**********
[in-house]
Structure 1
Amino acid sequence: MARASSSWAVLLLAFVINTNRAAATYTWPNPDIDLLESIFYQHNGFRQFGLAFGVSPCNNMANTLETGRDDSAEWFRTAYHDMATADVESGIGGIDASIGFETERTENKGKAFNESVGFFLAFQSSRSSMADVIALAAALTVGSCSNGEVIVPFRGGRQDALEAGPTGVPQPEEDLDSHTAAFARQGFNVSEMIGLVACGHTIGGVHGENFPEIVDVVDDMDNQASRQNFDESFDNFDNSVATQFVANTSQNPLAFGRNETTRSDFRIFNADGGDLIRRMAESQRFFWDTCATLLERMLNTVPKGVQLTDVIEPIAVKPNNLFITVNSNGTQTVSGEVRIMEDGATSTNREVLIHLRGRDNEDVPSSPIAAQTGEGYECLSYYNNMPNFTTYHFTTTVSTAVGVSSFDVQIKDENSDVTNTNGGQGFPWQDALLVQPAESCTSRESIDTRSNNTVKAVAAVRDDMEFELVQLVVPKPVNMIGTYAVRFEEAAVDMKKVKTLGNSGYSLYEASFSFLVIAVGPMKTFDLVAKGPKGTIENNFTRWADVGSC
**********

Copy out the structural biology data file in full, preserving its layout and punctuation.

[in-house]
Structure 1
Amino acid sequence: MARASSSWAVLLLAFVINTNRAAATYTWPNPDIDLLESIFYQHNGFRQFGLAFGVSPCNNMANTLETGRDDSAEWFRTAYHDMATADVESGIGGIDASIGFETERTENKGKAFNESVGFFLAFQSSRSSMADVIALAAALTVGSCSNGEVIVPFRGGRQDALEAGPTGVPQPEEDLDSHTAAFARQGFNVSEMIGLVACGHTIGGVHGENFPEIVDVVDDMDNQASRQNFDESFDNFDNSVATQFVANTSQNPLAFGRNETTRSDFRIFNADGGDLIRRMAESQRFFWDTCATLLERMLNTVPKGVQLTDVIEPIAVKPNNLFITVNSNGTQTVSGEVRIMEDGATSTNREVLIHLRGRDNEDVPSSPIAAQTGEGYECLSYYNNMPNFTTYHFTTTVSTAVGVSSFDVQIKDENSDVTNTNGGQGFPWQDALLVQPAESCTSRESIDTRSNNTVKAVAAVRDDMEFELVQLVVPKPVNMIGTYAVRFEEAAVDMKKVKTLGNSGYSLYEASFSFLVIAVGPMKTFDLVAKGPKGTIENNFTRWADVGSC